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Peanut butter helps diagnose Alzheimer's disease

A dollop of peanut butter and a ruler can be used to confirm a diagnosis of early stage Alzheimer's disease, University of Florida Health researchers have found.
Jennifer Stamps, a graduate student in the University of Florida (UF) McKnight Brain Institute Center for Smell and Taste, and her colleagues reported the findings of a small pilot study in the Journal of the Neurological Sciences.
Stamps came up with the idea of using peanut butter to test for smell sensitivity while she was working with Dr. Kenneth Heilman, one of the world's best known behavioral neurologists, from the UF College of Medicine's department of neurology.
While shadowing doctors in Heilman's clinic, she noticed that patients were not tested for their sense of smell. The ability to smell is associated with the first cranial nerve and is often one of the first things to be affected in cognitive decline.
"Dr. Heilman said, 'If you can come up with something quick and inexpensive, we can do it,'" Stamps says.
She thought of peanut butter because, she said, it is a "pure odorant" that is only detected by the olfactory nerve and is easy to access.

Widespread problem

According to the Alzheimer's Association, Alzheimer's disease affects 5.2 million people in the US and will cost the nation $203 billion in this year alone.
Peanut butter on teaspoon
Researchers found that by placing a dollop of peanut butter on a ruler, they could identify early stages of Alzheimer's disease, based on patients' ability to detect the odor at certain distances.
The Association estimates that one American develops Alzheimer's every 68 seconds, and they expect to see this figure rise to one American every 33 seconds by 2050.
In the study, patients who were coming to the clinic for testing also sat down with a clinician, who was armed with 14 grams of peanut butter - which equals about 1 tablespoon - and a metric ruler. The patient closed his or her eyes and mouth and blocked one nostril.
The clinician opened the peanut butter container and held the ruler next to the open nostril while the patient breathed normally. By moving the peanut butter up the ruler 1 cm at a time during the patient's exhalation, they were able to measure the distance at which the patient could detect the odor.
The distance was recorded and the procedure repeated on the other nostril after a 90-second delay.
The clinicians running the test did not know the patients' diagnoses, which were not usually confirmed until weeks after the initial clinical testing.

Sense of smell loss

The scientists found that patients in the early stages of Alzheimer's disease had a dramatic difference in detecting odor between the left and right nostril - the left nostril was impaired and did not detect the smell until it was an average of 10 cm closer to the nose than the right nostril had made the detection in patients with Alzheimer's disease.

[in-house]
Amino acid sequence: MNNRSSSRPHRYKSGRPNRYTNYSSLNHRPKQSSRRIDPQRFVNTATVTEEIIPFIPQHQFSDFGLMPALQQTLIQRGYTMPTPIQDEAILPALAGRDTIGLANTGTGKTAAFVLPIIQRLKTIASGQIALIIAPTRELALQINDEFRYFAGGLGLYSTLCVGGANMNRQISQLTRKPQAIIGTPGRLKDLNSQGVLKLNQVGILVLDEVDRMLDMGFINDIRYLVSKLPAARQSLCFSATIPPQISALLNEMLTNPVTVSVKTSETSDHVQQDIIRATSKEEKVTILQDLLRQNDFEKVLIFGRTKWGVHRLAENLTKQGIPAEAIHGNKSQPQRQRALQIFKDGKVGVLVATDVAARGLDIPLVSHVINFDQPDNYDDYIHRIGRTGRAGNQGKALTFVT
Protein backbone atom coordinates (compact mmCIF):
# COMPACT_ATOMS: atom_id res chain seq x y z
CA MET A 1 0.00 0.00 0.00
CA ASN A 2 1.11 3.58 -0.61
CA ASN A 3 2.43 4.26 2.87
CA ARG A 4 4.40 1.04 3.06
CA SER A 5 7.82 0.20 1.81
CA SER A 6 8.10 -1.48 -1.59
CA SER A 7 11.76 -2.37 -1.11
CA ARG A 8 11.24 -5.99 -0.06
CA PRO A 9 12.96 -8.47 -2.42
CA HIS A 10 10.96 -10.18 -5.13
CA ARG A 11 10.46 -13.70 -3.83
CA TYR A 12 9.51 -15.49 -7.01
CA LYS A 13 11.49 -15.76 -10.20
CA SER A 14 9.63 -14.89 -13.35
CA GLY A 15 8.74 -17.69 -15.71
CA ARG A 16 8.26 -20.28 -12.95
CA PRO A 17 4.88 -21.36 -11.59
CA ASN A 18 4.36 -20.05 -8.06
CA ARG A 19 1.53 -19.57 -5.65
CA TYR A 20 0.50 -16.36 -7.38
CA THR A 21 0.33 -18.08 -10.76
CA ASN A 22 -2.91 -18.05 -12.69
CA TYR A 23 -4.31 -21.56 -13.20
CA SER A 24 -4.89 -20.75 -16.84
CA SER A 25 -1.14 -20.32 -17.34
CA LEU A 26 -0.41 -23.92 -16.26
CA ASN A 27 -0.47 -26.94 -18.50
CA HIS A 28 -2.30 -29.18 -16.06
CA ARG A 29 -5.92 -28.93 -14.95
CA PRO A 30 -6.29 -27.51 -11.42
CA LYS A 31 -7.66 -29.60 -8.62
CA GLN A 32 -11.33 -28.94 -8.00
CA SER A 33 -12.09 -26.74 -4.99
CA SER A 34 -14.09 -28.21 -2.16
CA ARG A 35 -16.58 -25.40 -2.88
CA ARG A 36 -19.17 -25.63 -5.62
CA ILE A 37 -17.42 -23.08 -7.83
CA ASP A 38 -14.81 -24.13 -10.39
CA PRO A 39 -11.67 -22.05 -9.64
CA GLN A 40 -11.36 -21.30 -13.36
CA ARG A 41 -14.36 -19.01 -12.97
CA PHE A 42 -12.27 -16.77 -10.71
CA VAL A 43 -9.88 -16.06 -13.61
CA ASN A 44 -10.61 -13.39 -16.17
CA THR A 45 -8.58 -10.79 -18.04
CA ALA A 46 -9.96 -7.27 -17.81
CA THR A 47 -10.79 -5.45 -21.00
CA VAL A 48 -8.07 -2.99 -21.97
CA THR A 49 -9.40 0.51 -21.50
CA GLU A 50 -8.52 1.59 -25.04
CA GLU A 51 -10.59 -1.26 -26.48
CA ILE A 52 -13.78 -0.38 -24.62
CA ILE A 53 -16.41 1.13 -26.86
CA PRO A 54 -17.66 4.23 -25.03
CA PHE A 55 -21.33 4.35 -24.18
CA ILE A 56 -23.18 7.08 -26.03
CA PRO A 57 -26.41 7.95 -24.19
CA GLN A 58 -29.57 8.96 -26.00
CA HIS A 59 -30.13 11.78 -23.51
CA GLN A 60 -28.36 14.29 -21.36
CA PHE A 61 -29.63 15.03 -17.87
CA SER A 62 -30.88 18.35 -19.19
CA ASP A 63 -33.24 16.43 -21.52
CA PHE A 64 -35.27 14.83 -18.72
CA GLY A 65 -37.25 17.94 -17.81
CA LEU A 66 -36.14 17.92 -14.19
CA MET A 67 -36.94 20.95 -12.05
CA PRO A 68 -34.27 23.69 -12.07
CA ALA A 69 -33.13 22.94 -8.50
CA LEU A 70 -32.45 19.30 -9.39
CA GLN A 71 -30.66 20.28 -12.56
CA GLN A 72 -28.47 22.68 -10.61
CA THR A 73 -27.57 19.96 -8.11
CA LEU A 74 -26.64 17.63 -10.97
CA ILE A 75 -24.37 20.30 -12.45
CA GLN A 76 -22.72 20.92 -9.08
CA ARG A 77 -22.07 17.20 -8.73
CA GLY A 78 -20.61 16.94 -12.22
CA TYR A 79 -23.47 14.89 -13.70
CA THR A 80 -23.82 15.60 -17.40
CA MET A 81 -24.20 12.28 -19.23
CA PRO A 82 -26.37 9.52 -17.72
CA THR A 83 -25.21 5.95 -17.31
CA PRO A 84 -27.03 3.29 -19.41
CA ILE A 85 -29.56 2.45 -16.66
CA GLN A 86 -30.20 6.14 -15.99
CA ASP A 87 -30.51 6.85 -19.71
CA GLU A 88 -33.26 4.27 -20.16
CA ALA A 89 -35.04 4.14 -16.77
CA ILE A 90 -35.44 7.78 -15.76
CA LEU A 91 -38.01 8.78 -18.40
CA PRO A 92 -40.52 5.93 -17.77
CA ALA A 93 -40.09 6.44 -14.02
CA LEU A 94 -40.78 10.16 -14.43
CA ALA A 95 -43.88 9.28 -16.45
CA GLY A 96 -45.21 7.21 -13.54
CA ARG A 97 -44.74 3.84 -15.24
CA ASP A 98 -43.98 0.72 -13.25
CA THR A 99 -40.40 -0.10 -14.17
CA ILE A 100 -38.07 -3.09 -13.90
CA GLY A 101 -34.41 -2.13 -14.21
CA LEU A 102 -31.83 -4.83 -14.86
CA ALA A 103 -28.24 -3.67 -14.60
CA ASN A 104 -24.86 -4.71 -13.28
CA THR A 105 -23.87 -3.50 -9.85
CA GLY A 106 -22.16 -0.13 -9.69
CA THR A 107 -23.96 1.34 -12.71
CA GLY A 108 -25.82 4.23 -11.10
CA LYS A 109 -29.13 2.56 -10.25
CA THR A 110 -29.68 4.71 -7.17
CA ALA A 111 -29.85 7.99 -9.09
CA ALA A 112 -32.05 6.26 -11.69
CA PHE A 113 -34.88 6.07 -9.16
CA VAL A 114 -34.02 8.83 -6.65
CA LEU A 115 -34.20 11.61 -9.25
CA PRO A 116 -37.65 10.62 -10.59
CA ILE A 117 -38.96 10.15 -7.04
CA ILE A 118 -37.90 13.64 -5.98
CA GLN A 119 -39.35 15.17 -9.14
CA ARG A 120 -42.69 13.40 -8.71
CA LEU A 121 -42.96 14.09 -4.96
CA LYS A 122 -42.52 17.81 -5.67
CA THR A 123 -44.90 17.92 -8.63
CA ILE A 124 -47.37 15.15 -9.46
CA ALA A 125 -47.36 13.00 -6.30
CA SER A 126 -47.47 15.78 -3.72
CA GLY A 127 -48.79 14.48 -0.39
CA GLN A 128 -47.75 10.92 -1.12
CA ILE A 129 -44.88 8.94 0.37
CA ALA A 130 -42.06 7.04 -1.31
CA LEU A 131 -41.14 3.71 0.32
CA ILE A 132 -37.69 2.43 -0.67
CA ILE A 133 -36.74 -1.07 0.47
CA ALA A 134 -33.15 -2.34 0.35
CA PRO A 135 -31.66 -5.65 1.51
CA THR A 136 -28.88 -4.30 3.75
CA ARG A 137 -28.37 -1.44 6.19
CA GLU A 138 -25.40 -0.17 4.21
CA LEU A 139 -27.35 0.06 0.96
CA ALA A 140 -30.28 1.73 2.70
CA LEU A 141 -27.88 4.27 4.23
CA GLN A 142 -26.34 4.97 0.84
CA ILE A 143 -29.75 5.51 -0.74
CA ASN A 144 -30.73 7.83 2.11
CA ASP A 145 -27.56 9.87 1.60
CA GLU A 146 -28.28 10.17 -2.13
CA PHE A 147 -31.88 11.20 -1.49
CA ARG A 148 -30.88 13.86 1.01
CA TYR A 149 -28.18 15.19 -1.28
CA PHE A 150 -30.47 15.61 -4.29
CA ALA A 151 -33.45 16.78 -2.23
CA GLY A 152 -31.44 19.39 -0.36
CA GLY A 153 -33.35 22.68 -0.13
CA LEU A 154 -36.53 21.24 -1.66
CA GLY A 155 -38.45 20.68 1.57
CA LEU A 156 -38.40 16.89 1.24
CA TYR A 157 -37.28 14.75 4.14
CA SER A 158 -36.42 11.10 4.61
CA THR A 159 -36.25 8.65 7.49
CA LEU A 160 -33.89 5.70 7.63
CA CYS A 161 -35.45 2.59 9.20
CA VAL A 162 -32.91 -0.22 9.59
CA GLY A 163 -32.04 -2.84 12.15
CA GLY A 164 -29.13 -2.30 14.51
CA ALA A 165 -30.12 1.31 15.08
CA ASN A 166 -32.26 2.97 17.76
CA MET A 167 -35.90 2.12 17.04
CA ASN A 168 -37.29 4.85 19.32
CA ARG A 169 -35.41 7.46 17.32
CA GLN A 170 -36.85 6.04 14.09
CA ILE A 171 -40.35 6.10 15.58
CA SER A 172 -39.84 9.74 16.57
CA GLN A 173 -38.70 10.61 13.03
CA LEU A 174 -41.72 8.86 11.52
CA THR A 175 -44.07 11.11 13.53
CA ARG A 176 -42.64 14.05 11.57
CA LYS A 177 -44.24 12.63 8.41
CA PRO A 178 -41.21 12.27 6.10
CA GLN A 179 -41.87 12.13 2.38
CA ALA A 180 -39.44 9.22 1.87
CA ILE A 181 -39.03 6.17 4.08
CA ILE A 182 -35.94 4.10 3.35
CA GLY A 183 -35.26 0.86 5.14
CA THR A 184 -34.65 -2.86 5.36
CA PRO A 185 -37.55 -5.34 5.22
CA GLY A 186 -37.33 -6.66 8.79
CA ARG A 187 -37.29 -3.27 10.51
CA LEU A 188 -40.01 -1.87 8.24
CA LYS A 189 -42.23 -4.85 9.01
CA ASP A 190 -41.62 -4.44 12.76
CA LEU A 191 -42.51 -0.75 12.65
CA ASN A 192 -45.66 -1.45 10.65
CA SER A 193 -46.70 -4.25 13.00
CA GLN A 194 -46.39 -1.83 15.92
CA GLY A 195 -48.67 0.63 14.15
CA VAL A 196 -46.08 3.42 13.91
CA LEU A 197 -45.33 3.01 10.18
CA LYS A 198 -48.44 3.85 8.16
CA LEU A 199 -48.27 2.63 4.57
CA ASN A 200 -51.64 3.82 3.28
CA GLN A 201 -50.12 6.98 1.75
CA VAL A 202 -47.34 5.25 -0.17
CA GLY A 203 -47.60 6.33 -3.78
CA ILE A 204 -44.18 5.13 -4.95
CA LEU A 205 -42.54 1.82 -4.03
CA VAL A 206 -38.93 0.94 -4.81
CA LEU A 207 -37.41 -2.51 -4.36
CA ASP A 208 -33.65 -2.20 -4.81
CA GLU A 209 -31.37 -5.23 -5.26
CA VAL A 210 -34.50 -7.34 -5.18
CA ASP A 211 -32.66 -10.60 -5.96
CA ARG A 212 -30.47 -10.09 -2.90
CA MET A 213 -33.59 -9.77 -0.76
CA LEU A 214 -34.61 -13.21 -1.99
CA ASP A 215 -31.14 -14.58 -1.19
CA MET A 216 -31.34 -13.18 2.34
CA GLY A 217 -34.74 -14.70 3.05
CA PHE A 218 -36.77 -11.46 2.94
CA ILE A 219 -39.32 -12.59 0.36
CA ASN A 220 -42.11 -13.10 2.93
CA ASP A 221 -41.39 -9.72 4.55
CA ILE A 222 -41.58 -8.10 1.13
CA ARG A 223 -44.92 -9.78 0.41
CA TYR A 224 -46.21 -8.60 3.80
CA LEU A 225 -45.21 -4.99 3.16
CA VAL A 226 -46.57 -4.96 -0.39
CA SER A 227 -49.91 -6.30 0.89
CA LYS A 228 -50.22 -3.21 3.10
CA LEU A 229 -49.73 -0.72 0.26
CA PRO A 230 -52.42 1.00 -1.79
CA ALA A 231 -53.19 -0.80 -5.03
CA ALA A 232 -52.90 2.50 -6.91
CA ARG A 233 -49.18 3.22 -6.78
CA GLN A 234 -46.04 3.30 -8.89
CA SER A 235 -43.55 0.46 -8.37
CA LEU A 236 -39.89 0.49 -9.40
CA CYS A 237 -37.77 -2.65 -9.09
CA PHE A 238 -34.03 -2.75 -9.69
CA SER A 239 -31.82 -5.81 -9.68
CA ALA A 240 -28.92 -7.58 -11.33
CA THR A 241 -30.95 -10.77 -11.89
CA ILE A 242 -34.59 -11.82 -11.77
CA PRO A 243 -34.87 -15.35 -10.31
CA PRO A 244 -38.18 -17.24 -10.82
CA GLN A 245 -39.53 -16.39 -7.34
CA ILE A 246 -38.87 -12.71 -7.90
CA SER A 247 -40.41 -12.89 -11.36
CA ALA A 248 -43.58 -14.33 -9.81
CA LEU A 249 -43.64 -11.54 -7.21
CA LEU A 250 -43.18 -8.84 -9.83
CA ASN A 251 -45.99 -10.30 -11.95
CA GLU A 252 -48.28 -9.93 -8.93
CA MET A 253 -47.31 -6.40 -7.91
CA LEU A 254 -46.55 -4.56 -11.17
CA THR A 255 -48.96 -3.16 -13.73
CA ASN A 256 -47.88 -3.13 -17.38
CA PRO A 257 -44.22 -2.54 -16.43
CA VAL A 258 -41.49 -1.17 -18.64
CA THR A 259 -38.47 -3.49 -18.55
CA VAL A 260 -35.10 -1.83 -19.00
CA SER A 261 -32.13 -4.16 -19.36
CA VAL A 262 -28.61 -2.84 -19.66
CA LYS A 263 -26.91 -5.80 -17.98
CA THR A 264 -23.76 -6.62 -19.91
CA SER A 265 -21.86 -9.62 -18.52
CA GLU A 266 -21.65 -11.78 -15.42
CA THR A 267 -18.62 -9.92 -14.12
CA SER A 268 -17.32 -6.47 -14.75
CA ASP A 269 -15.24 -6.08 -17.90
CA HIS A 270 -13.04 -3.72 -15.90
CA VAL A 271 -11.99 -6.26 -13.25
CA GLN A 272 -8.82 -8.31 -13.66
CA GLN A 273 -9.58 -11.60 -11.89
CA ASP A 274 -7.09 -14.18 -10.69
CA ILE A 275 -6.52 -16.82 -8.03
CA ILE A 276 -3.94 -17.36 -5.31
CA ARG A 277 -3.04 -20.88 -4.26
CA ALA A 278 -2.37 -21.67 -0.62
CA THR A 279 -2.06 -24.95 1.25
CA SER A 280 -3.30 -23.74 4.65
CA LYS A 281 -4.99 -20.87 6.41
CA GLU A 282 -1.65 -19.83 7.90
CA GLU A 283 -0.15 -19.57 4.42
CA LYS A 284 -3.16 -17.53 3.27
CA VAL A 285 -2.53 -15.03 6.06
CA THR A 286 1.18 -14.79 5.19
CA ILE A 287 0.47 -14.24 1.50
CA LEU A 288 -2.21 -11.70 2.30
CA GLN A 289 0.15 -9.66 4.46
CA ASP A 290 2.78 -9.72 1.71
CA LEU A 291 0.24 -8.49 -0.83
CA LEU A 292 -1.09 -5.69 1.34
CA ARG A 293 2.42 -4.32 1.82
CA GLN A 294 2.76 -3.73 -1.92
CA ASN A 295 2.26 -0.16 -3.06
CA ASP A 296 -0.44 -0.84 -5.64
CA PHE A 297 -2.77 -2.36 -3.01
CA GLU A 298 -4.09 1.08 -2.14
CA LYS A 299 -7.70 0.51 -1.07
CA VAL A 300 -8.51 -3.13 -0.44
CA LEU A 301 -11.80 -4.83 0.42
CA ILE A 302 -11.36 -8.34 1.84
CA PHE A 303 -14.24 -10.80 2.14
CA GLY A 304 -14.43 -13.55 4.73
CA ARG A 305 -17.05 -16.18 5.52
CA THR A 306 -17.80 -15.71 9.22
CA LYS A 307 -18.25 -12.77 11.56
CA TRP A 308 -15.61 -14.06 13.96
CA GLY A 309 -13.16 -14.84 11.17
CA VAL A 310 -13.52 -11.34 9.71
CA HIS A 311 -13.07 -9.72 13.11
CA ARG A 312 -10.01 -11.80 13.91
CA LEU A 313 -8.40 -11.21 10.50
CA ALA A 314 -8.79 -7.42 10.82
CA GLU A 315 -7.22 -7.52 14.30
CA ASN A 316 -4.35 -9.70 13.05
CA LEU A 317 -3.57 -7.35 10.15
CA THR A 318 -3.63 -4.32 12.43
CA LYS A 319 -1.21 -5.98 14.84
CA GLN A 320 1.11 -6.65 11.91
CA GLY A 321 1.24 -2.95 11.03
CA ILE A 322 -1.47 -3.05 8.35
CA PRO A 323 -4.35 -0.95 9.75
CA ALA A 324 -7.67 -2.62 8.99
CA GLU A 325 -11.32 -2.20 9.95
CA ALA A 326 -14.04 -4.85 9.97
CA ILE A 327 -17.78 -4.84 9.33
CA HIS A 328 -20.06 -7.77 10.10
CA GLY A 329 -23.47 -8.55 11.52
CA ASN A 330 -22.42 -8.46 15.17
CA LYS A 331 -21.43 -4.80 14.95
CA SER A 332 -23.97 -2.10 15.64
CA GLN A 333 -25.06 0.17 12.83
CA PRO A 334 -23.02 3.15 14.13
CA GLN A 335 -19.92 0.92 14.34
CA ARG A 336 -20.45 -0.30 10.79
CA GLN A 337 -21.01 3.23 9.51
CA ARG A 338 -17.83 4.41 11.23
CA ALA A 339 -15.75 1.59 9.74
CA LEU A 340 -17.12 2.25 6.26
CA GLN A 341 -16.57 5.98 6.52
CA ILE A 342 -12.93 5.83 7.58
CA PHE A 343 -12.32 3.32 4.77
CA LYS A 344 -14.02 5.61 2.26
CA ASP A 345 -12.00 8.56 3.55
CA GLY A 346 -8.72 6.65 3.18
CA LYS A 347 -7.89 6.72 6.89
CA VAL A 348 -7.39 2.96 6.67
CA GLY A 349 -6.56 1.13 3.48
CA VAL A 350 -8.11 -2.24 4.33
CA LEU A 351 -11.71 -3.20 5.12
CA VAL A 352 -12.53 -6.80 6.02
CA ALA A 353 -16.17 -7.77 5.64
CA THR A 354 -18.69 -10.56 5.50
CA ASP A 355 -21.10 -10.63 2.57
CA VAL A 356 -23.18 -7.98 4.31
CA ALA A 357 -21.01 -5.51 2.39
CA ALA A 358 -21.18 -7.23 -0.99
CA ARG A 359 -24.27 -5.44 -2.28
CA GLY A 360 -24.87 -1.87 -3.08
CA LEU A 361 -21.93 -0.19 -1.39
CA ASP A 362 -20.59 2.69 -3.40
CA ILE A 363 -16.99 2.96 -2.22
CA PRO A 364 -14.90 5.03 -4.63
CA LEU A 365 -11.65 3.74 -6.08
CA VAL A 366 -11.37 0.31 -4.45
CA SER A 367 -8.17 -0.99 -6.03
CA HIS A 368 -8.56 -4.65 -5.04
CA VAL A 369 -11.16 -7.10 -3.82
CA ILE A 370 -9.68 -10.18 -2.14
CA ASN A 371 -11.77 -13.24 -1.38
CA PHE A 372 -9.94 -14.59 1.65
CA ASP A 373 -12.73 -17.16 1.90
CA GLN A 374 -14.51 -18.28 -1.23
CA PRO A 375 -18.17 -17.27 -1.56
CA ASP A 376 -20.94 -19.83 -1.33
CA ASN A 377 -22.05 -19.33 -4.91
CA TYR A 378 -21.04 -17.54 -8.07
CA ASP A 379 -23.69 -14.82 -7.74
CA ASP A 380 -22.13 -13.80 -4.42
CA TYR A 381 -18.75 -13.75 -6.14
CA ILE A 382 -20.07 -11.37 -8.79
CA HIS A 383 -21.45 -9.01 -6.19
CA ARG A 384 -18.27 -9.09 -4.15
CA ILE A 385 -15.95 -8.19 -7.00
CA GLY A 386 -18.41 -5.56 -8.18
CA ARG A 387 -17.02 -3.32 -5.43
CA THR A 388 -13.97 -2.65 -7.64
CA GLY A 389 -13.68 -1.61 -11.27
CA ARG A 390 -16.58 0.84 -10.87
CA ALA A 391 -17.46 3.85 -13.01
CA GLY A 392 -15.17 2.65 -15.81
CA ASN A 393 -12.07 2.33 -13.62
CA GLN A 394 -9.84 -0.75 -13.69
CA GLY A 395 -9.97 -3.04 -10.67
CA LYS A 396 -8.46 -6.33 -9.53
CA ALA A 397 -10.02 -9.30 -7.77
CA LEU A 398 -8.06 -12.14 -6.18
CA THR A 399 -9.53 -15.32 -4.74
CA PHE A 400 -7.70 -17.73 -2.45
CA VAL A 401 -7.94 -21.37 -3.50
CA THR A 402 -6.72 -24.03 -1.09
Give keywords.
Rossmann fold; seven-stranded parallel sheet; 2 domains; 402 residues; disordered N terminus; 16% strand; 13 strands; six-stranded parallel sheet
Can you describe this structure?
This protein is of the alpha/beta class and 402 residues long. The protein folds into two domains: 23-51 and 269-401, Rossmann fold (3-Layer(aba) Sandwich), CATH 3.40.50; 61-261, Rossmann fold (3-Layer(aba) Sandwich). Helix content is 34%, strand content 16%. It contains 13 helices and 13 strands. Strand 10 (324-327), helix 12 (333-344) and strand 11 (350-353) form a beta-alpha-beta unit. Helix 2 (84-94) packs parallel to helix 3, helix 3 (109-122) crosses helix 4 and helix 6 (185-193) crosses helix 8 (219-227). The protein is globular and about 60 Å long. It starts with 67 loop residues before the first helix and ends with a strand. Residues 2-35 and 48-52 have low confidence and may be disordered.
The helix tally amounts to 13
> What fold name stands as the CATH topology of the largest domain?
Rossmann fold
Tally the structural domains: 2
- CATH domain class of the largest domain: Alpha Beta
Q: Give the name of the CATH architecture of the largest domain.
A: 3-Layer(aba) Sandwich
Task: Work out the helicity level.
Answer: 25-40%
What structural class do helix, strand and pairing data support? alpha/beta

This was not the case in patients with other kinds of dementia; instead, these patients had either no differences in odor detection between nostrils or the right nostril was worse at detecting odor than the left one.
Of the 24 patients tested who had mild cognitive impairment, which sometimes signals Alzheimer's disease and sometimes turns out to be something else, about 10 patients showed a left nostril impairment and 14 patients did not.
The researchers said more studies must be conducted to fully understand the implications.
Stamps explains:
"At the moment, we can use this test to confirm diagnosis. But we plan to study patients with mild cognitive impairment to see if this test might be used to predict which patients are going to get Alzheimer's disease."
Stamps and Dr. Heilman point out that this test could be used by clinics that do not have access to the personnel or equipment to run other, more elaborate tests required for a specific diagnosis, which can lead to targeted treatment.
At UF Health, the peanut butter test will be one more tool to add to a full suite of clinical tests for neurological function in patients with memory disorders.

Non-invasive, early stage test

One of the first places in the brain to degenerate in people with Alzheimer's disease is the front part of the temporal lobe that evolved from the smell system, and this portion of the brain is involved in forming new memories.
"We see people with all kinds of memory disorders," Heilman said. Many tests to confirm a diagnosis of Alzheimer's disease or other dementias can be time-consuming, costly or invasive. "This can become an important part of the evaluation process."
The UF study could help by detecting a person's likelihood of developing the disease at a much earlier stage, with a non-invasive test.
The Alzheimer's Association acknowledge that at the moment, there is no cure for the disease, nor can current Alzheimer's treatments stop Alzheimer's from progressing. They can, however, temporarily slow the worsening of dementia symptoms. This improves the quality of life for both sufferers and their caregivers.
As Stamps says:
"If we can catch it at that early stage, we can start treatment more aggressively at the early stage and you can possibly prevent a lot of the progression."
Medical News Today reported in July this year that taking certain lifestyle measures, including taking regular exercise and eating a balanced diet, could reduce your risk of developing Alzheimer's.
Written by Belinda Weber

Copyright: Medical News Today